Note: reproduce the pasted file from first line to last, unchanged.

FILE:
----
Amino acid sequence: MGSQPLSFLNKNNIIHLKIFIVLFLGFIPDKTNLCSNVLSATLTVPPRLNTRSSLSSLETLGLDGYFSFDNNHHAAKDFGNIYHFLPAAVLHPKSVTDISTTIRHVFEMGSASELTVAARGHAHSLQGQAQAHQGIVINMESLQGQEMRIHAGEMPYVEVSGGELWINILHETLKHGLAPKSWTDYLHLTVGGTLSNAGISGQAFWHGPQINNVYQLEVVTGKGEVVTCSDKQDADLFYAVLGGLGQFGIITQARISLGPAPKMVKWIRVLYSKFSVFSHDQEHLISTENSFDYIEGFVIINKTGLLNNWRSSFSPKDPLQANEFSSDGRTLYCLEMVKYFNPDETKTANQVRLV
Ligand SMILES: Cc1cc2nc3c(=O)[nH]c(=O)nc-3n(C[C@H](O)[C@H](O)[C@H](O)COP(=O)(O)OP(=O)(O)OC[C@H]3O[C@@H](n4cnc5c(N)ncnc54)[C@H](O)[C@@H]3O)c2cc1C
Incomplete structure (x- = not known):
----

Amino acid sequence: MGSQPLSFLNKNNIIHLKIFIVLFLGFIPDKTNLCSNVLSATLTVPPRLNTRSSLSSLETLGLDGYFSFDNNHHAAKDFGNIYHFLPAAVLHPKSVTDISTTIRHVFEMGSASELTVAARGHAHSLQGQAQAHQGIVINMESLQGQEMRIHAGEMPYVEVSGGELWINILHETLKHGLAPKSWTDYLHLTVGGTLSNAGISGQAFWHGPQINNVYQLEVVTGKGEVVTCSDKQDADLFYAVLGGLGQFGIITQARISLGPAPKMVKWIRVLYSKFSVFSHDQEHLISTENSFDYIEGFVIINKTGLLNNWRSSFSPKDPLQANEFSSDGRTLYCLEMVKYFNPDETKTANQVRLV
Ligand SMILES: Cc1cc2nc3c(=O)[nH]c(=O)nc-3n(C[C@H](O)[C@H](O)[C@H](O)COP(=O)(O)OP(=O)(O)OC[C@H]3O[C@@H](n4cnc5c(N)ncnc54)[C@H](O)[C@@H]3O)c2cc1C
Incomplete structure (x- = not known):